Taiwan is one of the most unsung tourist destinations in all of Asia, its modern emergence as an economic and industrial powerhouse still overshadowing the staggering breadth of natural, historic and culinary attractions this captivating island has to offer.
A fascinating mix of technological innovation and traditional Chinese and aboriginal cultures and cuisines, Taiwan is one of the only places on earth where ancient religious and cultural practices still thrive in an overwhelmingly modernist landscape.
On any given day, the casual visitor can experience this unique juxtaposition of old and new, witnessing time-honored cultural practices while still taking in technological milestones such as the world’s tallest building, Taipei 101, and the new High Speed Rail that links the island’s two largest cities.
Beyond the narrow corridor of factories and crowded cities along Taiwan’s west coast is a tropical island of astounding beauty, with by far the tallest mountains in northeast Asia and some of the region’s most pristine and secluded coastline. Add to this the impressive array of cuisines - with specialties from all corners of China as well as authentic aboriginal and Japanese fare - and you’ve got one of the world’s most well-rounded and hospitable holiday destinations.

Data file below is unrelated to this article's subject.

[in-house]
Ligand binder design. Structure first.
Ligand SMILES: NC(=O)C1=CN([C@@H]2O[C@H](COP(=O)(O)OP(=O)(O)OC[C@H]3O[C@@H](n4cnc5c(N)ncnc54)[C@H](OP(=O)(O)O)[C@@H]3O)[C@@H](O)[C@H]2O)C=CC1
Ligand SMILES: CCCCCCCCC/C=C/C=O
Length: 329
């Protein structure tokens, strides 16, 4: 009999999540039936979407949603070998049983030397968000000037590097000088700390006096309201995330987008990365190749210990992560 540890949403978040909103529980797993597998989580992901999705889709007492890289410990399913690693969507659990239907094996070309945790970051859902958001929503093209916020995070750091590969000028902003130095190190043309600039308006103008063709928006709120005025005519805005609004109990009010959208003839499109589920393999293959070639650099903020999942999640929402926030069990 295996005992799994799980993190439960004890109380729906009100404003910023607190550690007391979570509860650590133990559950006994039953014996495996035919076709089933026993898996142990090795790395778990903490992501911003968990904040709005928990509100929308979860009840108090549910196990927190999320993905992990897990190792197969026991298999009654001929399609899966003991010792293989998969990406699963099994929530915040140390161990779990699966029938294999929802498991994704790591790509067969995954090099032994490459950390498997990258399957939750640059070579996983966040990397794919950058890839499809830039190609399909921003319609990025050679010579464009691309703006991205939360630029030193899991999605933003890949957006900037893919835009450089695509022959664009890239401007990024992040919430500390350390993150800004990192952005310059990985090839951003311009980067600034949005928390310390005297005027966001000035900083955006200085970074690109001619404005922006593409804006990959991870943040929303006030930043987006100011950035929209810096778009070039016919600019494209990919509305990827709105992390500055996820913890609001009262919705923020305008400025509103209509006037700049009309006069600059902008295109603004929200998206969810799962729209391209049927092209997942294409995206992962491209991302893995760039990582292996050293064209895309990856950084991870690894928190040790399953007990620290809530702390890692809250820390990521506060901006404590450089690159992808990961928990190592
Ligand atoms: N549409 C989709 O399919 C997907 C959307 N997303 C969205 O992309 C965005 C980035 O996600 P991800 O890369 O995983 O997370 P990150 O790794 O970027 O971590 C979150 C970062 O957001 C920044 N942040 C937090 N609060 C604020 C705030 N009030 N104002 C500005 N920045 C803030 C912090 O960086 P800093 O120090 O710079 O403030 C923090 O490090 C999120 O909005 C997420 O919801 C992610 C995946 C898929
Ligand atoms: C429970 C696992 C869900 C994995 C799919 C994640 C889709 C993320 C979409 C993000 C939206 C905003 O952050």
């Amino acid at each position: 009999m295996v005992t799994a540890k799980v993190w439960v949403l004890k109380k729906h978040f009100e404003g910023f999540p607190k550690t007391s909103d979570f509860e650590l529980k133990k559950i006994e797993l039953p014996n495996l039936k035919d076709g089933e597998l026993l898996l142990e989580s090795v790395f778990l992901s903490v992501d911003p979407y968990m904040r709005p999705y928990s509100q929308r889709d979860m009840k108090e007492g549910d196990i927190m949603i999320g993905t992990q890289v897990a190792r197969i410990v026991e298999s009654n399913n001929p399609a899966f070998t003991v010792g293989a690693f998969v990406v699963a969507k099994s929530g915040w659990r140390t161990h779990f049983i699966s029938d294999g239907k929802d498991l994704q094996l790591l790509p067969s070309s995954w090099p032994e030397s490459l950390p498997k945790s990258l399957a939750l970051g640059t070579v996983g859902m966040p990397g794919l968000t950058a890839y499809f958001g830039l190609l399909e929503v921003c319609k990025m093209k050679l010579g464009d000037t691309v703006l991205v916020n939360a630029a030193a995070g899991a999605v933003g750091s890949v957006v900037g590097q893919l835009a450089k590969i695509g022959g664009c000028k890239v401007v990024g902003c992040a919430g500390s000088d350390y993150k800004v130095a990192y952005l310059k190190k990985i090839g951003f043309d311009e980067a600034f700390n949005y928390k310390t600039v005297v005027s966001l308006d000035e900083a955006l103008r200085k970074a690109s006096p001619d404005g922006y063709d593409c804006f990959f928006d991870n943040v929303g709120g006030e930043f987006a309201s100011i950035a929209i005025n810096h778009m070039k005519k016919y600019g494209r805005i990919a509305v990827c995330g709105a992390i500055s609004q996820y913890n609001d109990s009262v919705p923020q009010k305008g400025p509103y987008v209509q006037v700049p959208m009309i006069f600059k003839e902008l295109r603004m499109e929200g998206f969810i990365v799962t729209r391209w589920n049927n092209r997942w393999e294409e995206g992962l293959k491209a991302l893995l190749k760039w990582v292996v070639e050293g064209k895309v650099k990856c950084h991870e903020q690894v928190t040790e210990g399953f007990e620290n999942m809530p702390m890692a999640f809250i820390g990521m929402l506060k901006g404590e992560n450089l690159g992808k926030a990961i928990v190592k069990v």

Though the Republic of China's territory includes dozens of small islands in the Taiwan Strait and the Pacific, the main island known as Taiwan covers the vast majority of the land area under Taiwanese administration. Almost two-thirds of Taiwan is covered by mountains, with 258 peaks over 3,000m (9,850ft), most of them heavily forested. The highest of these, Yushan (Jade Mountain), is northeast Asia's tallest mountain at 3,952m (13,042ft).
While mountains dominate Taiwan's center and rugged east coast, the island's western third is mostly alluvial plain and is host to most of the population. The two Pacific islands, Lyudao (Green Island) and Lanyu (Orchid Island), are popular holiday destinations, while the Taiwan Strait archipelagos of Penghu and Matzu hold historic and cultural appeal. And just a few kilometers off mainland China's Fujian coast, the tiny islands of Kinmen and Lieyu remain under Taiwanese control.